Why Modern Art Is Actually Quite Important

Photo from the top of London's Shard in London Bridge

I was pretty amazed by these photos taken from atop the Shard – which at the current state of completion is the tallest skyscraper in Europe. The stunning snaps are thanks to a plucky group of ‘urban explorers’ who (mostly) made it past security to climb a thousand feet all the way to the crane at the top.

Alongside the stunning images, the blog post’s author takes the opportunity to air a polemic against crap architecture and modern Art. Whilst I think most of us are surprised at some of the urban monstrosities that get planning permission, I am always amazed when anyone with even the most passing awareness of beauty pipes up with a blanket disdain for anything which “a five-year-old could do”.

In a world where religion is on the wain, I believe that more than ever we need spaces to reflect, to be reminded of and forced to consider certain things which we would not have otherwise considered. Art, the sort that sits in galleries collecting dust and not being touched, provides us with a priceless opportunity to open our minds to new ideas and reflect on our situation in new ways.

In the West as in many cultures, religion and Art were tightly intertwined until relatively recently. Walk through any large gallery and you’ll notice anything before about 1500 is almost all religious. Anything between then and about 1750 is still lots of religion with a good dollop of portraiture and history thrown in, and then onwards through the 19th century gets a bit more landscape and still life-heavy before Art hits a cataclysmic step change with the onset of Impressionism – the first truly ‘modern’ Art. And the reason paintings suddenly looked so different? Photography.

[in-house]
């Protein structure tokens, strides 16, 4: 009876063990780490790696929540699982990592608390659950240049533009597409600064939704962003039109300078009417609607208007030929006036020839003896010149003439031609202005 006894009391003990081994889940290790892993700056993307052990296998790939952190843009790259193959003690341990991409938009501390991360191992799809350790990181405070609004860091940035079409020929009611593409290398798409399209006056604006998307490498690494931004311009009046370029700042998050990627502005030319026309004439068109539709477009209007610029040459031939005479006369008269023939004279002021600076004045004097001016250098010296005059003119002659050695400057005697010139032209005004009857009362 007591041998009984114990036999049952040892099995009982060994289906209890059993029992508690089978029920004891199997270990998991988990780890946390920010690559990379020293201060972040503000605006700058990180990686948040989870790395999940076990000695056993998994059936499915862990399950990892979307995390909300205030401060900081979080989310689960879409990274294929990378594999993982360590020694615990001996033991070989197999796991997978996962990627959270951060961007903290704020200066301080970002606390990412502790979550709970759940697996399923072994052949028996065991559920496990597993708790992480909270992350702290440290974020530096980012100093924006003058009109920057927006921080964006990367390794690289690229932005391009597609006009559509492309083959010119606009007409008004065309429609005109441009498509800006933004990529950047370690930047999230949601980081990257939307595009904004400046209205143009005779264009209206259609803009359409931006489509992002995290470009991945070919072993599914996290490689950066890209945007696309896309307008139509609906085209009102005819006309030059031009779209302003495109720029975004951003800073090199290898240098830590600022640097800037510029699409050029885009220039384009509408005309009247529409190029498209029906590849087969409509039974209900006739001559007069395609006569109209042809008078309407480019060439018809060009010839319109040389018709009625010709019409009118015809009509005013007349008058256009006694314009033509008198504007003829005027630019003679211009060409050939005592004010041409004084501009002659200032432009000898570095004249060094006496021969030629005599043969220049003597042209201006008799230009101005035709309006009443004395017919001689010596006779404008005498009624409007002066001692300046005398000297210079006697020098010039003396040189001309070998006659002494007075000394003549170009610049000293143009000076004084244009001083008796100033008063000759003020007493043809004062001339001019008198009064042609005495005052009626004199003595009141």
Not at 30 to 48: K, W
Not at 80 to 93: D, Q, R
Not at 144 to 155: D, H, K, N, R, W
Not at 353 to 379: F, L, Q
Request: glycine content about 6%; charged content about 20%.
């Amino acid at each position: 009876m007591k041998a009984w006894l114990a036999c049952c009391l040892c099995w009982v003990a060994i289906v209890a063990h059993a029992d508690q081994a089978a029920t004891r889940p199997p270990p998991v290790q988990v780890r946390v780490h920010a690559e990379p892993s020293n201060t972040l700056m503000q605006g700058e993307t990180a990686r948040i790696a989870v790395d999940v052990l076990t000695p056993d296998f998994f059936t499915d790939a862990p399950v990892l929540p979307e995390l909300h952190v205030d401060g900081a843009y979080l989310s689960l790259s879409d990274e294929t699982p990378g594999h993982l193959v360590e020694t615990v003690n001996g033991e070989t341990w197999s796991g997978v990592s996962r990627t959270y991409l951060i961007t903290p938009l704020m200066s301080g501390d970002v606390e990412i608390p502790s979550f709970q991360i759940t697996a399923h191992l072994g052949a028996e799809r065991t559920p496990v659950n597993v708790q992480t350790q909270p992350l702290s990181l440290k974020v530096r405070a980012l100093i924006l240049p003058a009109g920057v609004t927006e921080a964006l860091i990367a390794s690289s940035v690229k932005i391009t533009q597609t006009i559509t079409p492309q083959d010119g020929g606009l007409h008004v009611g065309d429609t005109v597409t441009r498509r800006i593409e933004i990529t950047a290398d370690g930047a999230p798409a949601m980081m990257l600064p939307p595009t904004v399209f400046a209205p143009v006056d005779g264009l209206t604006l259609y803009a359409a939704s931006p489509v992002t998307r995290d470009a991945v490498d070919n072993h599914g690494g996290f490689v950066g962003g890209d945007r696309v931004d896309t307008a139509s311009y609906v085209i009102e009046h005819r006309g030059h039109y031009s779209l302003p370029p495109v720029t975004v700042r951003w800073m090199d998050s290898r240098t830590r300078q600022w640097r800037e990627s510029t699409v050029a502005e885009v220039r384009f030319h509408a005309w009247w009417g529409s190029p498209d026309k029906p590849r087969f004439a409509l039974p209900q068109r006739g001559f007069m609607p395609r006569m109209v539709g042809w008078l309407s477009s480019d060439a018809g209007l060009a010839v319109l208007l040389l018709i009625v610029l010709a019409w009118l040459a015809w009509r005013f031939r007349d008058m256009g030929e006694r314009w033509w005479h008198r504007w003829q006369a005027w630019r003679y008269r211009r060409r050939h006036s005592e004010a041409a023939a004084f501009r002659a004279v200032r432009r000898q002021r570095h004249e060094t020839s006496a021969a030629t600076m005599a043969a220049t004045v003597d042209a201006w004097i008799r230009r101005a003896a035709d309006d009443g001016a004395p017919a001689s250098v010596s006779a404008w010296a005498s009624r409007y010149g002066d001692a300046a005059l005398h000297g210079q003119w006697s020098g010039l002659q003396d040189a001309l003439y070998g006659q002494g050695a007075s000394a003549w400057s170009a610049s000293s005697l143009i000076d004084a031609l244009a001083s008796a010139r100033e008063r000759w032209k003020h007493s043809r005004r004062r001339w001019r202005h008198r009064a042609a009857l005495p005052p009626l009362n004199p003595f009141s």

Due to the invention of photography, Art would never be the same again now that painters and sculptors were relieved of the pressure of accurately rendering scenes in oil, canvas and clay. This development gave artists great freedom from the rigours of figurative painting and sculpture, and also presented a challenge to stay relevant and necessary. Artists rose to this challenge. After all, painting – and indeed all hand-made Art – would always be able to express more than a photograph ever could – the feeling, emotion, sounds and so on – of a place or person.

The next pivot was 1917 when Marcel Duchamp famously presented his latest piece – a urinal lay down on a plinth with a fake signature cheekily painted on it, entitled ‘Fountain’. From that point on, pure workmanship would no longer be the only measure by which Art was judged. Conceptual Art was born and so started the great “what is Art?” debate, which still rages on in gallery cafes today.

Fountain, 1917 – Marcel Duchamp

Nowadays, Art is a medium of expression defined by its lack of boundaries, far removed from the Christian scenes of medieval Europe. We grant artists of all disciplines – musicians, writers, actors, painters – complete freedom to deconstruct formats and break the rules in pursuit of evermore lucid and poignant expression. In return we participate in an economy of taste where we the public are wonderfully spoilt with a rich gamut of creative media to consume and endorse (or not) where we see fit, whether that’s paying to enter a gallery, downloading a song or pinning a poster print we like to our Pinterest boards.

Would we really give up such a privilege? There’s good reason behind Art receiving government funding – it makes us more thoughtful, balanced and fulfilled people. A bit like church used to, apparently, only with better gift shops.

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